News

Visitcherokeenc.com

With the Great American Eclipse right around the corner, the small towns of Western North Carolina set to fall directly in its path are  busy with last minute preparations before the big event. But for the town of Cherokee, the celestial spectacle is more than just another tourist event.  BPR’s Davin Eldridge met with organizers there to find out what’s in store for the reservation…

Matt Bush BPR

Asheville police arrested four people Friday morning for attempting to vandalize a Confederate marker in Pack Square downtown.  Police say protestors gathered around the Vance Monument before 8 a.m. Friday.  Several then attempted to damage the smaller marker in front of the monument that has a plaque with the likeness of Confederate General Robert E. Lee.  Arrested were 27-year-old Nicole Townsend, 45-year-old Amy Cantrell, 30-year-old Hillary Brown, and 34-year-old Adrienne Sigmon.  All are from Asheville and all four face charges of Damage to Real Property.

Davin Eldridge

With last year’s wildfires still fresh in the minds of many Western Carolinians, safety experts are telling mountain residents to be prepared in case it happens again. BPR News’s Davin Eldridge has more…

Last fall, more than 50,000 acres of land burned in Western North Carolina, including many homes.  So this year, efforts are underway to prevent that, with the help of the National Fire Protection Association’s Firewise USA program.

Rick Fienberg / TravelQuest International / Wilderness Travel

What did indigenous peoples think of eclipses?  How did they interpret and react to them?  Those are just a few of the topics that will be covered in a class at UNC-Asheville this fall inspired by Monday's total solar eclipse that will pass through Western North Carolina.  BPR's Matt Bush spoke with the two professors that will lead the class - Juan Sanchez-Martinez (modern languages & indigenous studies) and Britt Lundgren (physics).    

Michael Zeiler / GreatAmericanEclipse.com

Unless you're walking to your spot to watch Monday's total solar eclipse in Western North Carolina, you will be sitting in some kind of traffic.  Authorities are expecting heavy traffic just about everywhere in the region, compounded by the fact many of the rural roads in the path of totality are only two lanes.  Karen Chavez of the Asheville Citizen-Times has been reporting on all parts of the solar eclipse.  She joined BPR's Matt Bush in studio to discuss the advisories that will be in effect, and what authorities are urging motorists to do on Monday.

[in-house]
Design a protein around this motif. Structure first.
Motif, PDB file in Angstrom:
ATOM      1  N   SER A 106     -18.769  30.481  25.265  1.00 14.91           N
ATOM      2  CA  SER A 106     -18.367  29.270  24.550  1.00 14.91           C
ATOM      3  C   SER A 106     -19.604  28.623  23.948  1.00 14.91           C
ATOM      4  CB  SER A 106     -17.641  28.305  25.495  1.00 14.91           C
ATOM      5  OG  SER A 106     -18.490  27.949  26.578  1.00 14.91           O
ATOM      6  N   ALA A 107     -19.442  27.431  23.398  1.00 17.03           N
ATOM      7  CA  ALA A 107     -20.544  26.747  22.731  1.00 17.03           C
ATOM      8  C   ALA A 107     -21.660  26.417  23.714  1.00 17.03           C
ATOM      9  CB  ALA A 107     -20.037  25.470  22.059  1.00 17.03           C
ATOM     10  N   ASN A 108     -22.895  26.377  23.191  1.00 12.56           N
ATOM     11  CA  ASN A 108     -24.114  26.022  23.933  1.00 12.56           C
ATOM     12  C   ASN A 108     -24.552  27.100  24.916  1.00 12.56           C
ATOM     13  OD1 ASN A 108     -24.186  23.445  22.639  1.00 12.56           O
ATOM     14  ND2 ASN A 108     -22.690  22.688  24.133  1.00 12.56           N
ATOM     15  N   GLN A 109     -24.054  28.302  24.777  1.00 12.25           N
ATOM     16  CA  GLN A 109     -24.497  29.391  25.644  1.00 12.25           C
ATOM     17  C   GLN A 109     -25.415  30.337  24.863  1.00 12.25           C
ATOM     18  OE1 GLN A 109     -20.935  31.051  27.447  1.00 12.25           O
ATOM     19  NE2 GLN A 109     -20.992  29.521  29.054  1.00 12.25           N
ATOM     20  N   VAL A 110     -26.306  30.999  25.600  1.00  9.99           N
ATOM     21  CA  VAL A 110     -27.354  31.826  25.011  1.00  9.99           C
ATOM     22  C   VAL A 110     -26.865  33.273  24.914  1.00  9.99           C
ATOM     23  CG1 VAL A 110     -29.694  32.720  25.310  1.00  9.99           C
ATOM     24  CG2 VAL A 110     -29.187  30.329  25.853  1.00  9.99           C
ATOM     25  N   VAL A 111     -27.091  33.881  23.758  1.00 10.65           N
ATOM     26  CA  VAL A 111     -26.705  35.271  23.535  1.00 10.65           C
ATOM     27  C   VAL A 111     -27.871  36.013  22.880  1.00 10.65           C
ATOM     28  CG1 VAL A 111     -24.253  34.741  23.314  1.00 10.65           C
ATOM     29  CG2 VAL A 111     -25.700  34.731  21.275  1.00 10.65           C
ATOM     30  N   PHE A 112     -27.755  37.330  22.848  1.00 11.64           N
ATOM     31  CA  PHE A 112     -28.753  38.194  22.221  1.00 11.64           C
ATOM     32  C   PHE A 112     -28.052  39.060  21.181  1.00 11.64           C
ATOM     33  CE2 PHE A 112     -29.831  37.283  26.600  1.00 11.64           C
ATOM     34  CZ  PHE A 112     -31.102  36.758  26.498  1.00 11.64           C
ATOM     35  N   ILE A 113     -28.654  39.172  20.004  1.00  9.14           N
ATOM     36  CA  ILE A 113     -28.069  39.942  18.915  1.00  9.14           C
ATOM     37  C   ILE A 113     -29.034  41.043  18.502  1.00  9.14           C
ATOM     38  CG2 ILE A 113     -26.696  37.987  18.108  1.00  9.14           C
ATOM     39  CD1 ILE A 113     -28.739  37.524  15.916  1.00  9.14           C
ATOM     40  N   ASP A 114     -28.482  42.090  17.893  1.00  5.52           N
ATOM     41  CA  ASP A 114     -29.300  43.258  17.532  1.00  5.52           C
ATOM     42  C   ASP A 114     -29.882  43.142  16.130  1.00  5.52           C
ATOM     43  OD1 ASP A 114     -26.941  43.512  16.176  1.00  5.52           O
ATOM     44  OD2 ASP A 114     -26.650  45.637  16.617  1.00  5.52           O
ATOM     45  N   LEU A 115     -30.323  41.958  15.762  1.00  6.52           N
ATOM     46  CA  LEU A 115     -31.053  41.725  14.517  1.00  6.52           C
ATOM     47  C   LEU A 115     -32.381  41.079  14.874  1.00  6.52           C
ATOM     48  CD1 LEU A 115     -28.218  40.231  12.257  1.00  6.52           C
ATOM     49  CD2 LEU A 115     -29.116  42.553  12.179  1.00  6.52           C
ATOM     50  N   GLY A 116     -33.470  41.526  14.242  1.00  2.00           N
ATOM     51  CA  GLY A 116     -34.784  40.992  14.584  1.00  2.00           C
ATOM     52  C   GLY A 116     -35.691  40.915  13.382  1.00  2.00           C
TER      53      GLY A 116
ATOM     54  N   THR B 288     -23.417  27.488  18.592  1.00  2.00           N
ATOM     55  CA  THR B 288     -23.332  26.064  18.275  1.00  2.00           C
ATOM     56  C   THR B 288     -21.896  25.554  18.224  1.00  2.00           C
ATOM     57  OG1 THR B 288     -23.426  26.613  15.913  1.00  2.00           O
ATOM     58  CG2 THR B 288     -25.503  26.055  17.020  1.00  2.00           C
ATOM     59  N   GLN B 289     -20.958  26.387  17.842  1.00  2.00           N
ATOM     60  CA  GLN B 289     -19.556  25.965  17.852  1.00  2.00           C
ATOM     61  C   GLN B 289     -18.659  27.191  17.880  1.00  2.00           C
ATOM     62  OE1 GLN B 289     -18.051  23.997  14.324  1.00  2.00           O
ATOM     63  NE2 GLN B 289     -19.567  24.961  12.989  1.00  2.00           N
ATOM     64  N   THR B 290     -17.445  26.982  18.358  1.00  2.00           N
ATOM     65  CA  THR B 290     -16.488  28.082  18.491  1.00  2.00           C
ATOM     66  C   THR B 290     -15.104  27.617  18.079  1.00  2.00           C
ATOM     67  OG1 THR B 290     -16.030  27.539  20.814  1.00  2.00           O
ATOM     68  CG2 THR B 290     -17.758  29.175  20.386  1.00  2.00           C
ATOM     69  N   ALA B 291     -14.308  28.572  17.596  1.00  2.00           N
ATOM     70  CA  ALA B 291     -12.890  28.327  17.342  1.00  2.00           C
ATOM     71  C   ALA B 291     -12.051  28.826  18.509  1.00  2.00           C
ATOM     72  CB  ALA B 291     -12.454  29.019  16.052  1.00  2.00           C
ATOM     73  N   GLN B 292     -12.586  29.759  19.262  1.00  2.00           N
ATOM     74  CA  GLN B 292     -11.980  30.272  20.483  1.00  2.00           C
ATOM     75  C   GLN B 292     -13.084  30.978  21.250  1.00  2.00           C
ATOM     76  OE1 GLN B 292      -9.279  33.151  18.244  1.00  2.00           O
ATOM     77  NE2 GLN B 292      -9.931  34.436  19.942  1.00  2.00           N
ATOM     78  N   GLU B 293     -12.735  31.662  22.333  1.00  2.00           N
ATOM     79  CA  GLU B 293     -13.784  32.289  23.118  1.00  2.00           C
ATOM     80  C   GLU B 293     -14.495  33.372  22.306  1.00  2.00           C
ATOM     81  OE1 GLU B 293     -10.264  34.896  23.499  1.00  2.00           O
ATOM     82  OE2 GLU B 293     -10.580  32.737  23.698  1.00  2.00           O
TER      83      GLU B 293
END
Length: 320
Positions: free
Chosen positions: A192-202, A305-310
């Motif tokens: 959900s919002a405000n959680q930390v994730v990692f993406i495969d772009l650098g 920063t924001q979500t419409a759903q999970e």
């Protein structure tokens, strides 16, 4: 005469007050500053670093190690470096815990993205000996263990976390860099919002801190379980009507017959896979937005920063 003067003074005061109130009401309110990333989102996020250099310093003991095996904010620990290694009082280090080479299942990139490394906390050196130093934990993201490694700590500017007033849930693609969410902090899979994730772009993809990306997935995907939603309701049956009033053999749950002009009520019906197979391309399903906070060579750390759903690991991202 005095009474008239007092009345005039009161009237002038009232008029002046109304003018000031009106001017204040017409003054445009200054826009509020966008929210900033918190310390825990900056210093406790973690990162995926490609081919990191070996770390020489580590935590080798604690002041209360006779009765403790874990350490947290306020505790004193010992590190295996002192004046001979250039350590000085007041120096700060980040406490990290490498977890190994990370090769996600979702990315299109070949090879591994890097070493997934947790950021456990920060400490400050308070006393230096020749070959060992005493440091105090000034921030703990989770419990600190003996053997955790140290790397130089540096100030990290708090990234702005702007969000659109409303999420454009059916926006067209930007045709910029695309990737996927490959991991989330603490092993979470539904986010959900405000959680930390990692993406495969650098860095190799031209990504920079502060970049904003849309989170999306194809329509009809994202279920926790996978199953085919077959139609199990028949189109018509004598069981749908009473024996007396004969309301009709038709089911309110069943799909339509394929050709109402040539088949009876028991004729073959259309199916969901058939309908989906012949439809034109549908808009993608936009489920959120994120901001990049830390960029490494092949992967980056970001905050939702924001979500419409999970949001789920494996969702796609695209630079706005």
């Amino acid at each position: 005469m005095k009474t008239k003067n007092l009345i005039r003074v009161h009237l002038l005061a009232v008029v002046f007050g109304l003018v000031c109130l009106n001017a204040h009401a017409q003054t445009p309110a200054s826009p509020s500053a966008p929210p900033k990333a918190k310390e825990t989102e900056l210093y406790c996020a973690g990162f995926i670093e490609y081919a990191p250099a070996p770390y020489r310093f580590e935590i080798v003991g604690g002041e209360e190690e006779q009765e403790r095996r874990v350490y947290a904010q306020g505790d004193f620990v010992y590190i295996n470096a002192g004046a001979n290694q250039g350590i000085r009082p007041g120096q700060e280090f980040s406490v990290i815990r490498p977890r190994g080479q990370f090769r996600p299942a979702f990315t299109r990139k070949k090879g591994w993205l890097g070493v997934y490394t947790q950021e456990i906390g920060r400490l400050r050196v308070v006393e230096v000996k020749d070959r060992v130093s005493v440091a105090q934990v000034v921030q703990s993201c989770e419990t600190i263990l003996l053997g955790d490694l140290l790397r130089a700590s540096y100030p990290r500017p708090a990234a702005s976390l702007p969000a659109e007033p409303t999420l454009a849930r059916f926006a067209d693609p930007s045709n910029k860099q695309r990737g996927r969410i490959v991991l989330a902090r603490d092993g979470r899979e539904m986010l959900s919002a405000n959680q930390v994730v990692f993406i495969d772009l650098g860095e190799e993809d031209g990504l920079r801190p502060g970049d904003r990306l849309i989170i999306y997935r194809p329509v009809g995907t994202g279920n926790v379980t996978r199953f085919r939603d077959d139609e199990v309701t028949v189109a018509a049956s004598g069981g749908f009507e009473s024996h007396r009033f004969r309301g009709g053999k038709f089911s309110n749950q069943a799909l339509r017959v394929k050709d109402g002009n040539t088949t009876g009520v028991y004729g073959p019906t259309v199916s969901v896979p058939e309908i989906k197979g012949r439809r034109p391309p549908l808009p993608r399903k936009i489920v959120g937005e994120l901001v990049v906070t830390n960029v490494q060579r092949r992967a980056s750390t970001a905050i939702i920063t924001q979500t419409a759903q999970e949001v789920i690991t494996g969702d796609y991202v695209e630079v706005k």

Jeremy Loeb/BPR

Democratic Representative Brian Turner of Buncombe County stopped by our studios in late July for a chat with BPR's Jeremy Loeb.  They covered his amendment to the Asheville districts bill, the overall redistricting process underway in the General Assembly now, a renewable energy bill signed by Governor Roy Cooper, and much more.  

The winner for Blue Ridge Public Radio's 2017 Ticket to Ride Raffle was drawn at 5:34, live on-air in the Blue Ridge Public Radio studios. The winner is Jim Oliver of Asheville! Congratulations! 

Jim will choose between an Audi A3 and a VW Golf Alltrack from Harmony motors. We'll post more pictures when he claims his prize. 

Thanks to everyone who entered the raffle. Only one person could win, but you are all winners to us. Raffle purchases support the programming you rely on everyday. 

Paul Deans / TravelQuest International

Where will you be watching the total solar eclipse this Monday?  Hotels, campgrounds, and many viewing along the path of totality in Western North Carolina and the Great Smoky Mountains National Park sold out long in advance of the eclipse.  But Karen Chavez of the Asheville Citizen-Times says don't worry if you haven't booked anything, there are still plenty of places you go to see the eclipse.

The grand prize drawing for Blue Ridge Public Radio's Ticket To Ride Summer Raffle is today! Tune in tonight at 5:30 to find out who will drive away in a new Audi A3 or VW Golf Alltrack from Harmony Motors. Last year's winner will join Helen Chickering and other BPR staff members in the studio to pull the lucky winner's name.

BPR News

The summer’s most anticipated celestial event is almost here.  Big crowds are expected here in Western North Carolina for Monday’s Great American Eclipse.  But as BPR’s Helen Chickering reports, people won’t be the only ones reacting to the dramatic changes in the sky

Rick Fienberg / TravelQuest International / Wilderness Travel

Bernard Arghiere of the Astronomy Club of Asheville has been speaking at events all across Western North Carolina ahead of the total solar eclipse that will pass through the region on August 21st.  He says the most common question he gets is when should people take off their special eclipse glasses during the event to see it.

Paul J. Richards/AFP/Getty Images via NPR.org

A bill passed by the North Carolina House of Representatives that would protect drivers who injure protesters with their car while "exercising due care" is getting renewed attention in the wake of last weekend's deadly Virginia protests.  

Rick Fienberg / TravelQuest International / Wilderness Travel

The total solar eclipse will be here in less than a week.  Thousands will watch the eclipse within the 'path of totality' in Western North Carolina.  Bernard Arghiere is with the Astronomy Club of Asheville.  He's been speaking to groups across the region ahead of the eclipse.  He says the question most commonly asked at those meetings - when is it safe to take your eclipse glasses off when watching the eclipse?

Pages